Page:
Reel Reviews - Official Site

social fbsocial twitter


DVD/Blu-ray Reviews

Four Brothers - DVD Review


{googleAds}
<div style="float:left">
<script type="text/javascript"><!--
google_ad_client = "pub-9764823118029583";
/* 125x125, created 12/10/07 */
google_ad_slot = "8167036710";
google_ad_width = 125;
google_ad_height = 125;
//-->
</script>
<script type="text/javascript"
src="http://pagead2.googlesyndication.com/pagead/show_ads.js">
</script></div>{/googleAds}Director John Singleton (2 Fast, 2 Furious) stays in his crime-drama wheelhouse with the street-tough Four Brothers, a movie that manages to seamlessly blend equal parts nail-biting action, intriguing drama, and wide-ranging human emotion. It's a murder mystery wrapped in the skin of a contemporary bad ass "gangsta" flick. But whereas I usually harbor a healthy disdain for movies that glorify violence and make so mistake about it, this one is violent - Singleton managed to make me care for his characters. He unfolds the story like an old Western, substituting dusty Main Street Dodge City with dilapidated inner city Detroit. Crooked lawmen populate the police force, thugs roam the streets and frontier justice seems to be the way things are "handled."

What needs to be "handled" is the mystery behind the death of Evelyn Mercer (Fionnula Flanagan), caring foster mother to four adopted boys whom she took in when they were older children. The Mercer Boys Bobby (Mark Wahlberg), Angel (Tyrese Gibson), Jack (Garrett Hedlund), and Jeremiah (Andre Benjamin), were the worst of the worst in the foster environment, but kind-hearted Evelyn couldn't stand to see them go unadopted. They're now grown and the brotherly bonds they forged while growing up become obvious as each arrives home to attend the funeral of their mother. She was gunned down in a convenience store robbery, but the boys don't think simple robbery was the motive behind the killing, nor do they feel the police investigation is moving fast enough. It's time to take things in their own hands.

Singleton spends a lot of time with the boys as they reconnect after having been away for years. We sense genuinely tender emotions as they prepare and enjoy a Thanksgiving dinner while simultaneously plotting their violent course of action to track down their mother's killer. Writers David Elliot and Paul Lovett do a great job of giving the brothers complimentary personalities, but the real kudos for pulling the whole thing off goes to the four actors who bring those personalities to life. Wahlberg's Bobby, a former boxer, is the oldest and clearly the leader of the siblings, but we get a strong sense that his reckless abandon might spell doom for their honorable intentions. Wahlberg just keeps getting better and better with every picture he makes. Although this is his best performance to date, it's the chemistry brought to the table by his costars that makes the whole thing work. Despite their ethnic differences, I truly believed these four were brothers and this sense of reality gave me an authentic connection to their plight.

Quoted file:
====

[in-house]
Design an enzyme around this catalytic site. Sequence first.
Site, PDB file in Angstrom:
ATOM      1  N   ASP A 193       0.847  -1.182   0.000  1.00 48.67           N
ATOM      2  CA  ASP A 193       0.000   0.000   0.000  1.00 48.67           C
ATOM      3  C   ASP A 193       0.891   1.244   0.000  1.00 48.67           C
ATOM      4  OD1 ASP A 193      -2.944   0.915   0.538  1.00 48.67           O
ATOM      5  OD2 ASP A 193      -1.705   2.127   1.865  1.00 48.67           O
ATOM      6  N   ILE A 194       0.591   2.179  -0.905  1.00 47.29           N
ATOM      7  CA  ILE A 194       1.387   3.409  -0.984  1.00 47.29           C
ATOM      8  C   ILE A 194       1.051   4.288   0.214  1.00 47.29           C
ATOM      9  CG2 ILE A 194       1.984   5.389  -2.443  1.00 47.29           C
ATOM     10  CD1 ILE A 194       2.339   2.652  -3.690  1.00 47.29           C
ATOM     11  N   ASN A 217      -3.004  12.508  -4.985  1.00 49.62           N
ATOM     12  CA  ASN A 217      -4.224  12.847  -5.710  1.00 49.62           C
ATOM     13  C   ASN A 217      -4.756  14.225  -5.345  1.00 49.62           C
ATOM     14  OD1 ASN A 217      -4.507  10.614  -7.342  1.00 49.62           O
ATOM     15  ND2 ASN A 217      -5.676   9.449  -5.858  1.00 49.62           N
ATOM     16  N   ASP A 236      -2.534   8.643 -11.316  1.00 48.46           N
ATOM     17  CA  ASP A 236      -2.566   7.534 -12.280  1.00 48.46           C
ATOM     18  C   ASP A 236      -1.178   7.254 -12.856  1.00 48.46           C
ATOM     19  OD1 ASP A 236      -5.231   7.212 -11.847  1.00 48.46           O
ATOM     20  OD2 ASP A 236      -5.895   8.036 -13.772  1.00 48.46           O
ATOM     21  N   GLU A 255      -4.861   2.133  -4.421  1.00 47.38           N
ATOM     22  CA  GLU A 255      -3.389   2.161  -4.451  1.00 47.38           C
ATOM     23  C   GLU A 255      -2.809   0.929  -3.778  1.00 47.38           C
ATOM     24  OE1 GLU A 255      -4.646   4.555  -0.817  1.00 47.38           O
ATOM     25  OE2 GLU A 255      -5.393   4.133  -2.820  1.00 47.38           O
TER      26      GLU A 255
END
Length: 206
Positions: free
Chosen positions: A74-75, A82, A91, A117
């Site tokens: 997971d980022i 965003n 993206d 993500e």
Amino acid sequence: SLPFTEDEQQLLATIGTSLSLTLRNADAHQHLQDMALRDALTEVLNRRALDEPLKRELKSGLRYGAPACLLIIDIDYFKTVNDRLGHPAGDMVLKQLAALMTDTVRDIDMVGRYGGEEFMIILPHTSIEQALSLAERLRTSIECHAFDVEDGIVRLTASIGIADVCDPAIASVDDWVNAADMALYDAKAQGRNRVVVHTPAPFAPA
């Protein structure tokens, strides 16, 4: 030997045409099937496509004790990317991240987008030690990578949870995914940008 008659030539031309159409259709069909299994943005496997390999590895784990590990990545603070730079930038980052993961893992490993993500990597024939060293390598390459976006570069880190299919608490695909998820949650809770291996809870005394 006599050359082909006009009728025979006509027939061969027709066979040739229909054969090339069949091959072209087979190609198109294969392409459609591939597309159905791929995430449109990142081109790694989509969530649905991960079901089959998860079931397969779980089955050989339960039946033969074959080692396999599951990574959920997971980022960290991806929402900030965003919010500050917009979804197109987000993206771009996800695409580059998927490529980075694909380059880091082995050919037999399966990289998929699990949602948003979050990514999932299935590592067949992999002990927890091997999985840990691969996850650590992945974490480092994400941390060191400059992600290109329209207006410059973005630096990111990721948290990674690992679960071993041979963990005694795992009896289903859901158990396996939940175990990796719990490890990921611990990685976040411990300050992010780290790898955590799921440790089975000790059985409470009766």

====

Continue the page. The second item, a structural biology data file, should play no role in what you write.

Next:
As the plot thickens and the brothers begin to uncover the dastardly truth behind their mother's murder, Singleton begins to escalate the energy. But he tempers each bout of action with a subsequent bit of character revelation that always keeps things real and interesting. We have a gunfight in the streets, a harrowing car chase in a blinding snowstorm and corrupt city officials on the payroll of the underworld. What more could we ask for, right? But none of it works without Singleton's attention to the visual details and his focus on the compassionate aspect of the story. The washed out barren winter of Detroit makes a nice canvas for the shocking red of blood. And Singleton paints with a well-executed balance of Hollywood action and human tenderness.


DVD

DVD Details:

Screen formats: Widescreen Anamorphic 2.35:1; Full Screen 1.33:1

Subtitles: Closed Captioned

Language and Sound: English: DTS 5.1 Surround

Other Features: Color; interactive menus; scene access; trailer; deleted scenes; director's commentary; featurettes.

* Audio Commentary: With director John Singleton
* Deleted Scenes: total of nine shots that didn't make the final cut
* Featurettes:
o The Look of Four Brothers - Looks at the colors, lighting and sets.
o Crafting Four Brothers - Looks at how the screenwriter creating and molded the story.
o Mercer House Shootout - Examination of the big shootout.
o Behind the Brotherhood - A look at the casting process.
* Trailers: The original theatrical trailer for Four Brothers.

Number of discs: - 1 - Keepcase packaging.{pgomakase}

Movie Reviews

Our Tweets

 

You are here: Home Home Video DVD/Blu-ray/4K Four Brothers - DVD Review